While you’re distracted by the bright colors and sounds, the main story is sure to come from right under you and pull at your heartstrings. In the last movie, Miles was just learning the ropes and stepping up to become Brooklyn’s only Spider-Man. The movie elaborates on what it means to be Spider-Man with the main conflict of the movie focusing on Miles grappling with the identity everyone else expects him to be. From his parents to his antagonists, everyone is trying to write his story for him, but in true superhero fashion, he won’t buckle that easily. It is an emotionally resonant theme in everyone’s lives, the discovery and process of defining who we are and who we want to be on our terms. He is determined to prioritize both identities, as Miles and as Spider-Man. Miles wants to have his cake and eat it too —- by making two cakes. 

In addition, Miles is not the only character highlighted in this movie. Gwen gets the spotlight to demonstrate how the two Spiders struggle with their life of secrecy. For Gwen, her father is actively seeking out Spider-Woman to get justice for his daughter, unaware that they are the same person. So Gwen pushes her father away because she doesn’t know how to tell him what she’s dealing with. And for Miles, while Rio (Luna Lauren Velez) and Jefferson (Brian Tyree Henry) care deeply for their son, Miles still fears that they won’t love him anymore when he uncovers the second life he’s been living. Their crime-fighting lifestyle is quietly dissolving the bonds they have with their loved ones, a conflict that connects the two characters.

Besides Miles and Gwen, there is a whole catalog of new characters you’re guaranteed to fall in love with. Jessica Drew (Issa Rae) is hardcore, fighting evil villains all while pregnant! On a motorcycle! Pavitr Prabhakar (Karan Soni) is witty and funny and despite being a new Spider-Man, is dedicated to saving his local citizens from danger. Hobie Brown (Daniel Kaluuya) is foul-mouthed and a punk-rock anarchist who isn’t afraid to march to the beat of his own drum. Each character is distinct in their design and the film makes it easy for the viewer to want to care about these individuals.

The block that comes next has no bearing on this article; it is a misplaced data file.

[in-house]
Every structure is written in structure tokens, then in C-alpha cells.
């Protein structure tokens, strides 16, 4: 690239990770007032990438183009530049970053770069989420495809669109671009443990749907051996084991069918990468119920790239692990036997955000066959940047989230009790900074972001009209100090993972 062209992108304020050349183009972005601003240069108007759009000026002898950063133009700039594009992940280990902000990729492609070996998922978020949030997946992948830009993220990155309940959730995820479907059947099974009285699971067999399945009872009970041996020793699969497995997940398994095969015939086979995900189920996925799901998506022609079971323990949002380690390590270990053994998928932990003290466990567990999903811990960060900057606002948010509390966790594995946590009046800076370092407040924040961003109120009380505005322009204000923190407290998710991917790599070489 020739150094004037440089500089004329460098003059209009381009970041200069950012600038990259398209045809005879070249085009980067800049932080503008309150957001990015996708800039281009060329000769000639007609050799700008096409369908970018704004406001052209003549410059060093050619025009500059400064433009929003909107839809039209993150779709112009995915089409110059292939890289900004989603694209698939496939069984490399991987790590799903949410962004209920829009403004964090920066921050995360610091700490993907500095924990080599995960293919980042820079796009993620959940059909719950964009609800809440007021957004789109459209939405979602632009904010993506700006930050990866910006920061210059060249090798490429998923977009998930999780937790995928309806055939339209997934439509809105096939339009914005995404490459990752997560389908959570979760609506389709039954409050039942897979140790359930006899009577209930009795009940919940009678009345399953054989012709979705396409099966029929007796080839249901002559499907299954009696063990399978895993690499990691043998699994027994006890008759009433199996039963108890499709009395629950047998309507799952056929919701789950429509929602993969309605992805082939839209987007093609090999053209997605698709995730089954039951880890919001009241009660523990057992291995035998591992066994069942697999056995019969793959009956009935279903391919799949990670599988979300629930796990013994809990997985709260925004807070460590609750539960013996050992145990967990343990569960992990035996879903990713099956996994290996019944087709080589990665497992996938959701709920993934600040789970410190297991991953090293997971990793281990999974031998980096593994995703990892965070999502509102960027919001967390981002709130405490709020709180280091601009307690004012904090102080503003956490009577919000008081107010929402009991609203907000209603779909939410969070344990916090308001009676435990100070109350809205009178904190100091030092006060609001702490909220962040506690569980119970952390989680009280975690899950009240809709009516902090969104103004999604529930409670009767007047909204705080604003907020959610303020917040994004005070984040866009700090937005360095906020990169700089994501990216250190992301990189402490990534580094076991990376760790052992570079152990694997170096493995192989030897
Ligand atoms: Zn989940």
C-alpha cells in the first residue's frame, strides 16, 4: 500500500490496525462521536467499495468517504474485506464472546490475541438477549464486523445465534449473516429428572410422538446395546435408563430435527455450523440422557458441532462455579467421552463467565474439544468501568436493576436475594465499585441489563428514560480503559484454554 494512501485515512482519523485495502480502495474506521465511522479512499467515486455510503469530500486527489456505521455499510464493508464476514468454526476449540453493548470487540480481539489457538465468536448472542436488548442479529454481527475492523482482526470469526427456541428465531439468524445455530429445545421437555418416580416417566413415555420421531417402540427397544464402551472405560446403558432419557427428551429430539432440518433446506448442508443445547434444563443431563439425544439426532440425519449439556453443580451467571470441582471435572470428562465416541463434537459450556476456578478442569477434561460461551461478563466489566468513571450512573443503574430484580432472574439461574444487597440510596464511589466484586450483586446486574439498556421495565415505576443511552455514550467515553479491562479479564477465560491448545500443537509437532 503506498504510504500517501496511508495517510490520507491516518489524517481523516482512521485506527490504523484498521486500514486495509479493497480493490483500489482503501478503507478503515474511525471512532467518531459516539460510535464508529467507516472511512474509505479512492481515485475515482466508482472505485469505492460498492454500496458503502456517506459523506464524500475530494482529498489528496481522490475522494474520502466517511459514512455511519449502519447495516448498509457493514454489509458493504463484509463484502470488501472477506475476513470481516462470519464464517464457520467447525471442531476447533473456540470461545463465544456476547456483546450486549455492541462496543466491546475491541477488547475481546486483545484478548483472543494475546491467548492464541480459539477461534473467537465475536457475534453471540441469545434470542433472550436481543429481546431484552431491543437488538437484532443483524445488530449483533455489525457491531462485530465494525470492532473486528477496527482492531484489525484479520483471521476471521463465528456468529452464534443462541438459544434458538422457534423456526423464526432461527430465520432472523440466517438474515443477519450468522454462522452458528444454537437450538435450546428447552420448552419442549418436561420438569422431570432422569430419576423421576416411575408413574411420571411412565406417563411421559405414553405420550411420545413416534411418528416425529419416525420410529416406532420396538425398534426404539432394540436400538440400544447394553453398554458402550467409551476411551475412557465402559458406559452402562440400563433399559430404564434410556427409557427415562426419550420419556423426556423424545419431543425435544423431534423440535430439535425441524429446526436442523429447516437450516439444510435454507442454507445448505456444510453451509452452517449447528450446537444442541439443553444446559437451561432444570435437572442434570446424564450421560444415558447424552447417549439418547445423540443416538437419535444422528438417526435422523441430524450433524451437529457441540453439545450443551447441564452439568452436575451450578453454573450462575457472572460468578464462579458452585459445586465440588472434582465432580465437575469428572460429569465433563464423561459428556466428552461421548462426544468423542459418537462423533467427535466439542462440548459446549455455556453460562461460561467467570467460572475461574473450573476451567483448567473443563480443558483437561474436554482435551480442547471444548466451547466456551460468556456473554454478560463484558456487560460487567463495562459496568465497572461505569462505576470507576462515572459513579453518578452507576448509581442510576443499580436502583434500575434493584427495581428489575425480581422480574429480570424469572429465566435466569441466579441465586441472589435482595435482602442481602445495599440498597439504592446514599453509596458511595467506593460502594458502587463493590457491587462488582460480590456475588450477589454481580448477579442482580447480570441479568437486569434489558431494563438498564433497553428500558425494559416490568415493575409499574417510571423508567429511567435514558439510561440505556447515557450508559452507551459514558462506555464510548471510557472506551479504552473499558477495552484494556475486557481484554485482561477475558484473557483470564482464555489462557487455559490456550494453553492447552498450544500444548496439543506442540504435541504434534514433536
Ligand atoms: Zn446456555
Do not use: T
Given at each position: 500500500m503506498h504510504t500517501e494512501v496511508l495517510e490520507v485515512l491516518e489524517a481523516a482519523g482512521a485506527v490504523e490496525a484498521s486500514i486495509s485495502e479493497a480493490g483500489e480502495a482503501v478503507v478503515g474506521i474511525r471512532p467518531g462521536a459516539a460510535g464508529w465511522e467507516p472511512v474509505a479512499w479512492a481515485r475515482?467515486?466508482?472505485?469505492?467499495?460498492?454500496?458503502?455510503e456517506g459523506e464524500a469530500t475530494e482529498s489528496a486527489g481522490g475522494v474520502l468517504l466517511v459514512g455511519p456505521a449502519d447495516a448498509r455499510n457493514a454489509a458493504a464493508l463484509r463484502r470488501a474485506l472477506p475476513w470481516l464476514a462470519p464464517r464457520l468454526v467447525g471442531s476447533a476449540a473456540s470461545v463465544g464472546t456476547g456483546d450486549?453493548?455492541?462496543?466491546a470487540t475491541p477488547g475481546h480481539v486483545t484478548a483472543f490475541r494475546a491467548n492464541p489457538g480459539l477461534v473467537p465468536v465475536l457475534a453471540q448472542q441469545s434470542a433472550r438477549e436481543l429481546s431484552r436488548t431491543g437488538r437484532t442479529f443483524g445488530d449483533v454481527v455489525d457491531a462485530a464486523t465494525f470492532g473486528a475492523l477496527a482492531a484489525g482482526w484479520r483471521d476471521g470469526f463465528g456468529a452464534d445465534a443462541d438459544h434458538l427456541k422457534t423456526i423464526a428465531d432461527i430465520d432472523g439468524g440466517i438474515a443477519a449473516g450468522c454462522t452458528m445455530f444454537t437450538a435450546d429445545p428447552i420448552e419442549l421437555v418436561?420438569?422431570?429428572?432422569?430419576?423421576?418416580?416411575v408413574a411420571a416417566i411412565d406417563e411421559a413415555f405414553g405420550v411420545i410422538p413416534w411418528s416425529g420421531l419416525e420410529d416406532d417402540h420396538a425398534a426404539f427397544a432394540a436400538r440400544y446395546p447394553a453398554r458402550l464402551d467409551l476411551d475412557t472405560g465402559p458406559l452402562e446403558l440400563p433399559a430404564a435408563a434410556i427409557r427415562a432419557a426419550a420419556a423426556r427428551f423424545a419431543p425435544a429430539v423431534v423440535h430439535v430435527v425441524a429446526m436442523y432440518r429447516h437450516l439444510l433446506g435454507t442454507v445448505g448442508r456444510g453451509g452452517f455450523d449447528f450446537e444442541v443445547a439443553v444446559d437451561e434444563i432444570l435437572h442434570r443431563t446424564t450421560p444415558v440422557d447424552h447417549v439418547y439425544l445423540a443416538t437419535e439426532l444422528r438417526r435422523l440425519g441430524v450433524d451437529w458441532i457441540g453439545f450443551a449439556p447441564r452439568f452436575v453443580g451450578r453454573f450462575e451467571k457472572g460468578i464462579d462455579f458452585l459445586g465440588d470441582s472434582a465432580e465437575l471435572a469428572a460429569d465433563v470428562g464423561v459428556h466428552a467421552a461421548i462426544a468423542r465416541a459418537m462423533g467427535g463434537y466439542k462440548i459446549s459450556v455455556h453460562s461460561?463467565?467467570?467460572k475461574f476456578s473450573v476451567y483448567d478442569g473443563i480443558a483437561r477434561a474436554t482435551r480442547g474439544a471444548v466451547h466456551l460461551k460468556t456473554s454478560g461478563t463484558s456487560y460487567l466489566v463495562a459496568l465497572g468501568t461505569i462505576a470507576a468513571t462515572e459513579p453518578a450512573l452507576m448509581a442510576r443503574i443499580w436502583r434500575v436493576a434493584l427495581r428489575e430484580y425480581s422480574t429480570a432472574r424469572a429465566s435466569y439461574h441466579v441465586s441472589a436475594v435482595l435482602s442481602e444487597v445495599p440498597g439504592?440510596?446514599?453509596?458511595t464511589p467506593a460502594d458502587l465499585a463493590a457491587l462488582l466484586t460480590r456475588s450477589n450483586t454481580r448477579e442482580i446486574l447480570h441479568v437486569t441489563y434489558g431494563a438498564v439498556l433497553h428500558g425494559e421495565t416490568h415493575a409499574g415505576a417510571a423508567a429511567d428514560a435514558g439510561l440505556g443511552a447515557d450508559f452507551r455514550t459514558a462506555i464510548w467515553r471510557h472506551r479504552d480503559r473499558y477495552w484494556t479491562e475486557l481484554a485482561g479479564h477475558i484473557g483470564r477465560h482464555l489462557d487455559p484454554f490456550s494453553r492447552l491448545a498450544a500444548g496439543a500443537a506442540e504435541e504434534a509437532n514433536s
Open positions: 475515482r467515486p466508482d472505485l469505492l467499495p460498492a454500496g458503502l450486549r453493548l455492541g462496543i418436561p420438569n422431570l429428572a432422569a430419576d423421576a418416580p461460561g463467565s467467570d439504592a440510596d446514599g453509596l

However, ‘Across the Spider-Verse’ is not without its flaws. The film takes its time introducing the new cast of Spider-People in its first act and opens up so many unique storylines that by the time it drops the other shoe and hits its viewers with the “To Be Continued” screen, it feels like a 2+ hour-long trailer for part two, ‘Beyond the Spider-Verse’. Plot points are left incomplete until the release of the third movie, but for how many movies can you say that its only flaw is that it ends too soon? If you’re heading into the theaters for this film, keep in mind that this is only part one and try not to get too emotionally attached.

“Spider-Man: Across the Spider-Verse” does a brilliant job of combining both elements of excellent writing and breathtaking animation to deliver a wonderful story about carving your own path in life. There are truly not enough words to describe the pure delight I have felt while watching this film. It’s funny, it’s emotional, and it’s enjoyable for all age groups. If you were a fan of the first Spider-Verse movie, you will 100% be into this one and I can’t wait to see where the writers and directors will take this franchise in the next installment.

5 out of 5 stars.

Knives Nguyen, (he/them/theirs) is a journalist from the Bay Area who covers entertainment and culture. You can connect with them on LinkedIn: @knivesnguyen.

Edited by Nykeya Woods